Study focuses on heart health of AJC Peachtree Road Race runners
Researchers at the Emory University School of Medicine are teaming up with the Atlanta Track Club to study the effects of exercise on the heart.
The goal of the study, locally referred to as Promoting Endurance Exercise in Atlanta for Cardiac Health (PEACH), is to assess the impact of age, gender and fitness level on cardiac function after completing a moderate, but exhaustive, endurance-exercise event.
PEACH, led by Jonathan Kim, MD, assistant professor of medicine (cardiology), Emory University School of Medicine, is following approximately 80 healthy AJC Peachtree Road Race runners before and immediately following the annual 10K event in Atlanta on July 4. The popular race, organized by the Atlanta Track Club, is the largest 10K in the world with 60,000 runners expected to participate this year.
"We know that exercise is medicine and that it's good for you, but we are still learning about the effects of exercise on the heart, particularly how exercise impacts the efficiency and mechanics of the heart," says Kim.
PEACH focuses on young athletes (ages 18-20) all the way to older athletes (ages 70 and up), as well as middle-aged athletes (ages 45-50). Runners are stratified by age and fitness level.
"We are looking at the extremes of age since no one knows how the youthful 18-year-old heart compares to the heart of a master athlete over the age of 70," explains Kim.
Before the race, study participants are training at their own pace and keeping an activity log to capture their pre-race training exercises including the number of miles run and other aerobic activities like swimming and biking.
One or two days before race day at the Peachtree Expo event, each participant will undergo an EKG, echocardiogram (or ultrasound of the heart) and blood draw. These tests will be repeated again immediately following the race in a medical tent near the finish line.
According to Kim, pre- and post-race results will likely show changes in heart function among the participants. Researchers will be eager to learn whether or not faster, fitter people get more protective effects from regular exercise than do those who are less fit.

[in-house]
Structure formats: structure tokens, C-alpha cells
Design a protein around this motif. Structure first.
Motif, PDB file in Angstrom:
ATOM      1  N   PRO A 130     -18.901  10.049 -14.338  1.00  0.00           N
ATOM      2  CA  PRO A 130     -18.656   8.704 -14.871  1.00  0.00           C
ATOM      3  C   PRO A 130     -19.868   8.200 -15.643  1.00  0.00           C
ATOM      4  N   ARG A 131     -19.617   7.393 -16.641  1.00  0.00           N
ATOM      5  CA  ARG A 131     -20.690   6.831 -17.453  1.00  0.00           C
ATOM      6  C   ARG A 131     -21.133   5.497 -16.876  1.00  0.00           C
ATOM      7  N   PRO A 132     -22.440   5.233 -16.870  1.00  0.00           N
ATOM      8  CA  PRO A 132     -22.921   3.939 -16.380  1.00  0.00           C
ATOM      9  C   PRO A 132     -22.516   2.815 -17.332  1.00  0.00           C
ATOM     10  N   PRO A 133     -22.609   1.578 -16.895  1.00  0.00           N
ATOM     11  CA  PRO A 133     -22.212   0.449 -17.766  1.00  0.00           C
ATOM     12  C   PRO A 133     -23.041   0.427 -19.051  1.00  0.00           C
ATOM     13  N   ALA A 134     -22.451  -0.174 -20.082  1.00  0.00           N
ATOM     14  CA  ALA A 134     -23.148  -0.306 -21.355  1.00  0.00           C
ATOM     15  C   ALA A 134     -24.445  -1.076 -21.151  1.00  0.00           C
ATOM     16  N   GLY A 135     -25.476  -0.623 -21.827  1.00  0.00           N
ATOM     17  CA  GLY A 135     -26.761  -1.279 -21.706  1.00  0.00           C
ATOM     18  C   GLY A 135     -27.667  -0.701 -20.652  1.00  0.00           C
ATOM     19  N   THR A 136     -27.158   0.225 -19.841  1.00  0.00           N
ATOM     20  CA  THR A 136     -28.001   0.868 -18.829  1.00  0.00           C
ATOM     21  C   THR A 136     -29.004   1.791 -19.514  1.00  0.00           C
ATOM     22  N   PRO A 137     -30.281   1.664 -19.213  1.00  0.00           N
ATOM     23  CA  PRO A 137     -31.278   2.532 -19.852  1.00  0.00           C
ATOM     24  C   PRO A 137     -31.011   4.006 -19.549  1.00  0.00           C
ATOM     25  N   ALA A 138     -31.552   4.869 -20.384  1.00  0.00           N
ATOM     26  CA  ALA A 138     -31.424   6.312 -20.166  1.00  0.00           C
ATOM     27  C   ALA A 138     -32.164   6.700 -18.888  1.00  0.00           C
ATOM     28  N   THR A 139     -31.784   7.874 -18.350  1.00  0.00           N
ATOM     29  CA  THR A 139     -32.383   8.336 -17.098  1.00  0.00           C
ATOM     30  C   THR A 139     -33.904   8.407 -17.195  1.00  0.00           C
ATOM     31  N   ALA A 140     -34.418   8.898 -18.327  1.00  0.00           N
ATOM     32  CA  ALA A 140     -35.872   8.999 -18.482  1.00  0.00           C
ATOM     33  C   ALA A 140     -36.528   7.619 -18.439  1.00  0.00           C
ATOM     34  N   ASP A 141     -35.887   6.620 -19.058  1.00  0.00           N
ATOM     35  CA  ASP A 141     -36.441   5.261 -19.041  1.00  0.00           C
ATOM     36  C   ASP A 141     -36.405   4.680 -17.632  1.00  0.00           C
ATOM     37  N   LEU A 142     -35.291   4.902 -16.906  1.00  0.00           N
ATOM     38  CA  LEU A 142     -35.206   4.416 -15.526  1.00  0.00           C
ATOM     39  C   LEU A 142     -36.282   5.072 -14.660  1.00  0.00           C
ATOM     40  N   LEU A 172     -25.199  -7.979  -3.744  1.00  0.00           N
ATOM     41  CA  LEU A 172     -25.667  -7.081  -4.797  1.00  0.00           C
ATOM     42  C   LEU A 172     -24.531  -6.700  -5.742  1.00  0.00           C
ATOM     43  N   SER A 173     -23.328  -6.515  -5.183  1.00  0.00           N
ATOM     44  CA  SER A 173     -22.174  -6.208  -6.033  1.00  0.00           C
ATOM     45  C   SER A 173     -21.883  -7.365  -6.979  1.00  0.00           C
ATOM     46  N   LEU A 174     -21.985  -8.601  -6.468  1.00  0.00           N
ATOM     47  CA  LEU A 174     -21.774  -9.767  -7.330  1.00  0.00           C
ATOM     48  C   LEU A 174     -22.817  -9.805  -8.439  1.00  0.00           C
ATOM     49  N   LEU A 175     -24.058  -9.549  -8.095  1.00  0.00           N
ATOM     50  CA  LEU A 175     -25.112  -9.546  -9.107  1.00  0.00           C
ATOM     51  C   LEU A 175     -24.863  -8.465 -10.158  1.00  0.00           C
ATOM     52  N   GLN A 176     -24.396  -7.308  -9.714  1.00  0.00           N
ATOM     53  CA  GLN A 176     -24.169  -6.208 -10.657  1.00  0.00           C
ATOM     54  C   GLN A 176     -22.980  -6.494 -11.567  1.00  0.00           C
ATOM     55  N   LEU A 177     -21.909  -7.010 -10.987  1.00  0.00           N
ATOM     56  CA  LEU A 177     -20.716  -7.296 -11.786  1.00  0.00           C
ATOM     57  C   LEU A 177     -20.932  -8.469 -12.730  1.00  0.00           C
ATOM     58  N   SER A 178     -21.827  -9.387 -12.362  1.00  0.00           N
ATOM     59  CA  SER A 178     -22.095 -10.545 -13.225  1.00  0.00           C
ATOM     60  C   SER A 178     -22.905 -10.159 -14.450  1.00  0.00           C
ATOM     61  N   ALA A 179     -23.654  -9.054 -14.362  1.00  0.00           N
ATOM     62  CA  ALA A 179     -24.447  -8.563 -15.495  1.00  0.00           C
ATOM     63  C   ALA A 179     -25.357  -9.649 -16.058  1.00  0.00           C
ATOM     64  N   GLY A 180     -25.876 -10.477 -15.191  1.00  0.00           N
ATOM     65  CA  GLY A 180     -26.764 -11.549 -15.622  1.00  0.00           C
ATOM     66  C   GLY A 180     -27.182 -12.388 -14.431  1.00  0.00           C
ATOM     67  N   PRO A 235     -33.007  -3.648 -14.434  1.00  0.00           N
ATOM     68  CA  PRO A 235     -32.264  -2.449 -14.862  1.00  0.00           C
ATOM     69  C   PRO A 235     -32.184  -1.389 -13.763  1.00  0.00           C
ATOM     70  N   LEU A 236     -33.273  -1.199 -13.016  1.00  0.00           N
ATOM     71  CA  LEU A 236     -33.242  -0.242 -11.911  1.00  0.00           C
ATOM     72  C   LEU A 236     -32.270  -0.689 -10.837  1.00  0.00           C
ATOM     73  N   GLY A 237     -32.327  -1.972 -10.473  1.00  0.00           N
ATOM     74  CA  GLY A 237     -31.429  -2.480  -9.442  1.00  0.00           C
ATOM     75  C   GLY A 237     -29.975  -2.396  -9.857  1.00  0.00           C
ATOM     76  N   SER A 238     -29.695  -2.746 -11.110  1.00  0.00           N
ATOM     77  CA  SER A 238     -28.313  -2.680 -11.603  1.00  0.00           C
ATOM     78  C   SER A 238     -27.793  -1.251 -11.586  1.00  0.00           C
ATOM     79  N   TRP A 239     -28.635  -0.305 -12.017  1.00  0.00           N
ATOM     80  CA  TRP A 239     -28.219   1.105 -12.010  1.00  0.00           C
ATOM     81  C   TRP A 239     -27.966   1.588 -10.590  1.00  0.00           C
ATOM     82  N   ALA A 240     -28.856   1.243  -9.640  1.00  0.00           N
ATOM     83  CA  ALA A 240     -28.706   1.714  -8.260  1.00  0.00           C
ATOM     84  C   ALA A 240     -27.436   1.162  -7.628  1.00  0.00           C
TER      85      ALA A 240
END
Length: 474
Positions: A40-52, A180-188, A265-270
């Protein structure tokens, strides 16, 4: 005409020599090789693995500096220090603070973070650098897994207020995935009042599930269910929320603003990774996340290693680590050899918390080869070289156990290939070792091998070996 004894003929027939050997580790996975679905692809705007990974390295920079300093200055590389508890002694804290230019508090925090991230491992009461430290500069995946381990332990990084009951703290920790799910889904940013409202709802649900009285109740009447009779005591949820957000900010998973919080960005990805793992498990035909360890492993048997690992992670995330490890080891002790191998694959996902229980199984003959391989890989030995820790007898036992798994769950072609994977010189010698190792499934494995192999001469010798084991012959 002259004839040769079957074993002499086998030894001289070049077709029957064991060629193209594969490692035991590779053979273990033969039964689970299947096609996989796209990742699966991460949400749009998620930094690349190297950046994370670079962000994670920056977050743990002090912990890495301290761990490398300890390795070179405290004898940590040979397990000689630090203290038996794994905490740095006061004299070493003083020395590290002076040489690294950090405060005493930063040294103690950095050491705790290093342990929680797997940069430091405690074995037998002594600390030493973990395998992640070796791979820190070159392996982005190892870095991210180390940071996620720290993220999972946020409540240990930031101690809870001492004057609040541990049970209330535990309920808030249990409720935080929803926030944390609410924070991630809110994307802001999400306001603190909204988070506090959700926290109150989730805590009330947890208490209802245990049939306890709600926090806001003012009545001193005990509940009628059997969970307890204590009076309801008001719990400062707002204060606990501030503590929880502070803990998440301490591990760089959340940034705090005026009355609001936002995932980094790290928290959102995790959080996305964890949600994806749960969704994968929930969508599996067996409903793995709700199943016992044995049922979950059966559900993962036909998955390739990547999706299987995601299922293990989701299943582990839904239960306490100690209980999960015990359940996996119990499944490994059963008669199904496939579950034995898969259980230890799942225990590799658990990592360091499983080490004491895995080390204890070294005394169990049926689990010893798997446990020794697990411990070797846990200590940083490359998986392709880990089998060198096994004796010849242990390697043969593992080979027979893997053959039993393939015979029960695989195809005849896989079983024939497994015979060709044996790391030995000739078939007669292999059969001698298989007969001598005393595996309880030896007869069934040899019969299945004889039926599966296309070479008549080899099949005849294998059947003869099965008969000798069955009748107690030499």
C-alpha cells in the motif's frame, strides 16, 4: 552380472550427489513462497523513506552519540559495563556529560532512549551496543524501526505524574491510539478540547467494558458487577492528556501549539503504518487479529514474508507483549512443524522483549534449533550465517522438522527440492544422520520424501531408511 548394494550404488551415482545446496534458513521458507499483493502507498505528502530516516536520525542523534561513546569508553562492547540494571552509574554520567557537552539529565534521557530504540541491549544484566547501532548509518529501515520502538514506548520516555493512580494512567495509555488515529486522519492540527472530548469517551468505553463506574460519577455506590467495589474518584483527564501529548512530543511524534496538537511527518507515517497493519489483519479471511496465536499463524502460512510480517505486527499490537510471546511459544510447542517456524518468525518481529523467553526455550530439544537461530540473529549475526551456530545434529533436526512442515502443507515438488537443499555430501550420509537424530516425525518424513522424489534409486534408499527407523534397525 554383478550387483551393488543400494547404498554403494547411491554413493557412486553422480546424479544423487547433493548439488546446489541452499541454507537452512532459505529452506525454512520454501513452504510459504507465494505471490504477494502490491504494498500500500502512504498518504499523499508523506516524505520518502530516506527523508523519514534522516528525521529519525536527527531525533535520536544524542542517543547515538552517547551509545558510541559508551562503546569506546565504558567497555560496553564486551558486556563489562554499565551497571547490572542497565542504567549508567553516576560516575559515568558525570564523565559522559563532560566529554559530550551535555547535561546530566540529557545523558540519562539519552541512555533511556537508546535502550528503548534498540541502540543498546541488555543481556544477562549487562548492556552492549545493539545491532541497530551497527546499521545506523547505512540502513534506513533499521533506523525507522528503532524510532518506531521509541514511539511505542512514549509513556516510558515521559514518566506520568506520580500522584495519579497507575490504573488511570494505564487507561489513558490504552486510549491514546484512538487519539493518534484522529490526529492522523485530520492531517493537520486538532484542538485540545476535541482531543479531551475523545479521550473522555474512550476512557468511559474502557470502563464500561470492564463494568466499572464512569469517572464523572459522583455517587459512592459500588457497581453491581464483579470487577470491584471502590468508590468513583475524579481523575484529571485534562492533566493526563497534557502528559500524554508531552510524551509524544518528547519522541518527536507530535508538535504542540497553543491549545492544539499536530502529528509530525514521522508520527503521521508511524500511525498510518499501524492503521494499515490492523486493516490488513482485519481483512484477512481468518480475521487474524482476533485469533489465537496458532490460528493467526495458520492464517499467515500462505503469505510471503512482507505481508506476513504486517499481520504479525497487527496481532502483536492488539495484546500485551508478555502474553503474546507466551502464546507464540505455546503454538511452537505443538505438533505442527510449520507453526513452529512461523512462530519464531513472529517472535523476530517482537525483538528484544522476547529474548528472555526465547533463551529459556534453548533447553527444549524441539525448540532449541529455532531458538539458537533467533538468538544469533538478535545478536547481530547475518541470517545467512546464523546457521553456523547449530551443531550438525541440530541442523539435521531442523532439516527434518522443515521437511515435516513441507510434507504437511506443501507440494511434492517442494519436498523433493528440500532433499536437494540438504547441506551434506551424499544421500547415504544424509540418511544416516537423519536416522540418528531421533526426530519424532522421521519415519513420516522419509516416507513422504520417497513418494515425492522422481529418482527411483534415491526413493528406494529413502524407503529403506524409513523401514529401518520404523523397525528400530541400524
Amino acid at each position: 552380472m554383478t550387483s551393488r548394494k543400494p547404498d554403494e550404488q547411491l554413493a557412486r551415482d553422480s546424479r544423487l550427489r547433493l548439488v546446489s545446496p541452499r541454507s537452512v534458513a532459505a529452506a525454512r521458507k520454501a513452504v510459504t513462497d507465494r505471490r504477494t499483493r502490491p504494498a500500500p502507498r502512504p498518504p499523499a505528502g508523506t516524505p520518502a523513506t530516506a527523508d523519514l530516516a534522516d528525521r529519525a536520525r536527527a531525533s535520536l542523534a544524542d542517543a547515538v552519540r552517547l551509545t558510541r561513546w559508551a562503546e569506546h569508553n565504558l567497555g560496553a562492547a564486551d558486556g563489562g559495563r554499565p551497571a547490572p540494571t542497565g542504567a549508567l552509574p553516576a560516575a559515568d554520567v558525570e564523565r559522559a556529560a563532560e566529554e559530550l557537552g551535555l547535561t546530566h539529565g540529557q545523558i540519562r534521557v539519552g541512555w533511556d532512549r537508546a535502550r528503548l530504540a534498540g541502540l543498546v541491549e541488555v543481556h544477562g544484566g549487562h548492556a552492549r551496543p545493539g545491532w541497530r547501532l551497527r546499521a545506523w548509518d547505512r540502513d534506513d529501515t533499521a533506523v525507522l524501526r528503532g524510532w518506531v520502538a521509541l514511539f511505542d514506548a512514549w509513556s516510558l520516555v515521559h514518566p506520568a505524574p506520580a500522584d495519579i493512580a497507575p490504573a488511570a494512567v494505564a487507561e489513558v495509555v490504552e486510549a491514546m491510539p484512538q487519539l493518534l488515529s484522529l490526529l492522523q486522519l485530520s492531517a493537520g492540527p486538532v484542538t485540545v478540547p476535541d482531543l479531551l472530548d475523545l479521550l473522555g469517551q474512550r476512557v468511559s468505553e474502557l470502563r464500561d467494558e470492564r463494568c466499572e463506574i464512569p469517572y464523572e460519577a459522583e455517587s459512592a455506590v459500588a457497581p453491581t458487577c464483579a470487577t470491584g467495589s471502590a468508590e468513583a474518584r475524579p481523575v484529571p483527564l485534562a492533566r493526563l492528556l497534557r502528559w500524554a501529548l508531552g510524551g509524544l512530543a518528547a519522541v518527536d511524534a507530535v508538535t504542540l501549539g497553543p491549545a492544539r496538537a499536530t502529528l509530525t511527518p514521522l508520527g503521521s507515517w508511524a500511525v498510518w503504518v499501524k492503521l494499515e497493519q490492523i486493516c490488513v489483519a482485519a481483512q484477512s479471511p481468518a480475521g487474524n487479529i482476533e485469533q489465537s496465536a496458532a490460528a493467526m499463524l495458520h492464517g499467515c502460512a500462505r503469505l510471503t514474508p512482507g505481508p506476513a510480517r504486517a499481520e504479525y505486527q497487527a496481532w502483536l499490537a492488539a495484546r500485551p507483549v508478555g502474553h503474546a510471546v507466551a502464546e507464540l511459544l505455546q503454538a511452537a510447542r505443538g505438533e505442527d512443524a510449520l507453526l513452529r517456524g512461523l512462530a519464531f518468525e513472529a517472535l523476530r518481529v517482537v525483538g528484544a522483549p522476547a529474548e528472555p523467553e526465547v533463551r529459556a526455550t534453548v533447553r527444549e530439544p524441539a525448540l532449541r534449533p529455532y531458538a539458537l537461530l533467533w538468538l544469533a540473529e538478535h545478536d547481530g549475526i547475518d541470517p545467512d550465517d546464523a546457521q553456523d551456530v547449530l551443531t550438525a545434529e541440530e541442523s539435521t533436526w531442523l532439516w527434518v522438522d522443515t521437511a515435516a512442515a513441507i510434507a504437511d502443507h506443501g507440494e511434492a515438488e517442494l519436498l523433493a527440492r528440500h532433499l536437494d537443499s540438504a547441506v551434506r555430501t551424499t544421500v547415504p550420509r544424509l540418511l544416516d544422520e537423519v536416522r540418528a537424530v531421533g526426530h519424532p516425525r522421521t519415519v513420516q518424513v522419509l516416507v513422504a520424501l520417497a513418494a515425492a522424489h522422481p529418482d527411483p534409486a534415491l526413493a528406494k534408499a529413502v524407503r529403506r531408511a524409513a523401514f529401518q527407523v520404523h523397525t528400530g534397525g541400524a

A unique aspect of the PEACH study is its focus on the 10K or 6.2-mile event since most research evaluating recreational runners has focused on the marathon distance of 26.2 miles.
"Marathon runners are really a select group of athletes who are not necessarily an accurate representation of the general public engaging in endurance activity," Kim says.
"The Peachtree includes the average runner, more or less, so this is a perfect opportunity to study a population that hasn't been as well tapped into in the realm of sports cardiology research. And understanding the normal heart helps us better understand the diseased heart."
Before joining the Emory faculty, Kim earned his bachelor's degree at Emory in 1998 and completed his internship and residency at Massachusetts General Hospital, where he was first inspired to pursue sports cardiology by Aaron Baggish, MD, a co-medical director of the Boston Marathon, who is world renowned for his research in exercise physiology, marathons and sports cardiology. Baggish is also one of the co-investigators in the current PEACH study.
When Kim returned in 2011 to Emory for his cardiology fellowship, he turned his sights toward the study of runners participating in the Peachtree.